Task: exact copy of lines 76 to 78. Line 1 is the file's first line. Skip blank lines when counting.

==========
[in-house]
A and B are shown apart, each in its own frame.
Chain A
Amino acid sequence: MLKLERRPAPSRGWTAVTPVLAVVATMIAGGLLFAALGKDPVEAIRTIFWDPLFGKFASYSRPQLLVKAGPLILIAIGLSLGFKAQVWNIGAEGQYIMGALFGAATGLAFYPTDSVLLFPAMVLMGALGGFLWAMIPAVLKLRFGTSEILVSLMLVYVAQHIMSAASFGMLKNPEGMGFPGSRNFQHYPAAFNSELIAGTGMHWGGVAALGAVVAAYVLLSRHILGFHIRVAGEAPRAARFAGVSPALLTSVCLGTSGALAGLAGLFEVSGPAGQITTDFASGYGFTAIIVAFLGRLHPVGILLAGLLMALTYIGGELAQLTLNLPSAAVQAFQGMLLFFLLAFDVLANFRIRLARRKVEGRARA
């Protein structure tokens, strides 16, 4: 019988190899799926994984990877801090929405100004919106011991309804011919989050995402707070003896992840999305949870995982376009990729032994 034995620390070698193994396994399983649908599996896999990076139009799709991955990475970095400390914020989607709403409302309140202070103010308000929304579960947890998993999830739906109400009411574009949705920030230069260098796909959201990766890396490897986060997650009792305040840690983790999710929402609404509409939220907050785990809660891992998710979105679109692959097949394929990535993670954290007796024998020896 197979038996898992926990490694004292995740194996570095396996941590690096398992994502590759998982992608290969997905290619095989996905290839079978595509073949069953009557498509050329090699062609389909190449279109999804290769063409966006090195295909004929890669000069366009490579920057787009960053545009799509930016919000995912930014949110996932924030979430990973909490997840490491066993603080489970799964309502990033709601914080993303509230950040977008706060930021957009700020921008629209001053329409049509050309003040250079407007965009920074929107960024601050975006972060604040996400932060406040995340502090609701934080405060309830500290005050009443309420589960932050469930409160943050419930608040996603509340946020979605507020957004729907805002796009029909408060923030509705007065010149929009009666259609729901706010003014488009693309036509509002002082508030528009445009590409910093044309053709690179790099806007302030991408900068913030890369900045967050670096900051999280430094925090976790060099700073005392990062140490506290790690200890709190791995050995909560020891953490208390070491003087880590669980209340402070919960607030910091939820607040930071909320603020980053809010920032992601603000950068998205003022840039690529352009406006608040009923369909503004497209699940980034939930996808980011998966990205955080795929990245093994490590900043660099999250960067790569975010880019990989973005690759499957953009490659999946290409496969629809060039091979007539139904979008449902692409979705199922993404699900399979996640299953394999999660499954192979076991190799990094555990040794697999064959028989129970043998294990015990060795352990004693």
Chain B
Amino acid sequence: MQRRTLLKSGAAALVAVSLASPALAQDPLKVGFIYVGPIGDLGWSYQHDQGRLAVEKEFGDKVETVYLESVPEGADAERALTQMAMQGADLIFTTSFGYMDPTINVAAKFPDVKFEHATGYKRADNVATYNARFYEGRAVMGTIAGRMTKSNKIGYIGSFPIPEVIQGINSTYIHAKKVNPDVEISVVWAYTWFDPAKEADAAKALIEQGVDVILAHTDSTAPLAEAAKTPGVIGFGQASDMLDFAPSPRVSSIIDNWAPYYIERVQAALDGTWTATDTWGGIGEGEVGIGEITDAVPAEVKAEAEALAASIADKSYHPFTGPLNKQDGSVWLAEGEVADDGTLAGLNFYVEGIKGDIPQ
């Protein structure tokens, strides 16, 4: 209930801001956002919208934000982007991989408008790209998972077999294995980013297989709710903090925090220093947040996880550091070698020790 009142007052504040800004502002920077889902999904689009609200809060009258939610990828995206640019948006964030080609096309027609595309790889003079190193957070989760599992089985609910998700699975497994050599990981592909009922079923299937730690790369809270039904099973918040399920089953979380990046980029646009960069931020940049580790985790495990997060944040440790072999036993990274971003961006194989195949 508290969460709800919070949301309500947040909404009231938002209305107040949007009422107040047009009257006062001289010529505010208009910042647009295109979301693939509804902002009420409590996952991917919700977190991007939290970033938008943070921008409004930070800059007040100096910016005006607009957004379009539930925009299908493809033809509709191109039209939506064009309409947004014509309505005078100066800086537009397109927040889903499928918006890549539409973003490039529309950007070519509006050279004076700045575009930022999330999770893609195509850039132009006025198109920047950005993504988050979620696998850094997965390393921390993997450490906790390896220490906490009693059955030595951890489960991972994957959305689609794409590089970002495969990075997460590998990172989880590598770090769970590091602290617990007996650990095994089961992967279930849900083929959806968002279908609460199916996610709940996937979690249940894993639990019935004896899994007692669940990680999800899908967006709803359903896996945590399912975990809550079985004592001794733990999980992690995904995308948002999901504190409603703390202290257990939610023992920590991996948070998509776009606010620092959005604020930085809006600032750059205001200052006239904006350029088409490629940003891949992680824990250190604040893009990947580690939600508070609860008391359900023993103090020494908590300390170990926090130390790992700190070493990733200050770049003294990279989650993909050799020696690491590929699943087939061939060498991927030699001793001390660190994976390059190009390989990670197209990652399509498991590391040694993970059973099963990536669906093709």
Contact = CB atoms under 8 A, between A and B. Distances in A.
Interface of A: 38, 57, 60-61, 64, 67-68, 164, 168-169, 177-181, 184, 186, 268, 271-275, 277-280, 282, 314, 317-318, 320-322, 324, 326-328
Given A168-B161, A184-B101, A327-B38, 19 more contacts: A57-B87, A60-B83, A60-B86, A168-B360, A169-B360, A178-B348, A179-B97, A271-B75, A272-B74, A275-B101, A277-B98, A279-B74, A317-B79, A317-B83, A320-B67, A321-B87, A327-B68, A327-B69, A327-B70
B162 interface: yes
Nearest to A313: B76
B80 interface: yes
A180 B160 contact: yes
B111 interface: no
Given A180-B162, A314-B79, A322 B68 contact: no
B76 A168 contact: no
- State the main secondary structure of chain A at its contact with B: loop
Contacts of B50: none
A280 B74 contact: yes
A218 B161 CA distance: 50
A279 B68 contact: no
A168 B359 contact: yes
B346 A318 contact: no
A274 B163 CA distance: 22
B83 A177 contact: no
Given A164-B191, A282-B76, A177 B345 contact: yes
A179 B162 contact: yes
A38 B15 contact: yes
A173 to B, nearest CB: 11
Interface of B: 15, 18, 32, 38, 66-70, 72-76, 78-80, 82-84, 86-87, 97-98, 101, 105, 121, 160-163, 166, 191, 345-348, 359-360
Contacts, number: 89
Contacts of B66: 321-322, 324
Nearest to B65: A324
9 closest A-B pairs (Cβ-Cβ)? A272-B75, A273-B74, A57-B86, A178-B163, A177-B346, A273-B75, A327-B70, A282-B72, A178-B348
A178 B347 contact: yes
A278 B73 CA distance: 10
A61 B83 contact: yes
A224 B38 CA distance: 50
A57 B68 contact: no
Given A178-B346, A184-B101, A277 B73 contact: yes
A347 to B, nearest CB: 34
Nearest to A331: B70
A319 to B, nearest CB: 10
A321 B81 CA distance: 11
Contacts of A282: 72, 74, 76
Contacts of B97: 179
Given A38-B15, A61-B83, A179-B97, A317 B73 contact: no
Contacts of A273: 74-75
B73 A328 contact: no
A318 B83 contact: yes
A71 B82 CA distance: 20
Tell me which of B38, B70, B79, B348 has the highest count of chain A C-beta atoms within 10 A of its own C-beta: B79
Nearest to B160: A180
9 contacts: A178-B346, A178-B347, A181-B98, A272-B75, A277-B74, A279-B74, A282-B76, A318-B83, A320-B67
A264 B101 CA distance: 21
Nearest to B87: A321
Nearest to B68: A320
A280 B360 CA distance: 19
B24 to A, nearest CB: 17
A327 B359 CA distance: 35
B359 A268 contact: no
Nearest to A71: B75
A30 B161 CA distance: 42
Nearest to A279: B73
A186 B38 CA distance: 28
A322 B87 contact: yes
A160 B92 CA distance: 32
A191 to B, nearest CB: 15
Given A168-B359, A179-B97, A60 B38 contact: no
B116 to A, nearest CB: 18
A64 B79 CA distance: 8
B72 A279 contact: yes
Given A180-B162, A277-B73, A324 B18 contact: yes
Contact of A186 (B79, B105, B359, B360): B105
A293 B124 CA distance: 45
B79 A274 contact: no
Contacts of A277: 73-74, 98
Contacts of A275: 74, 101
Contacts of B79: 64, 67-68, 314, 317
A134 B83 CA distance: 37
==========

Contact of A186 (B79, B105, B359, B360): B105
A293 B124 CA distance: 45
B79 A274 contact: no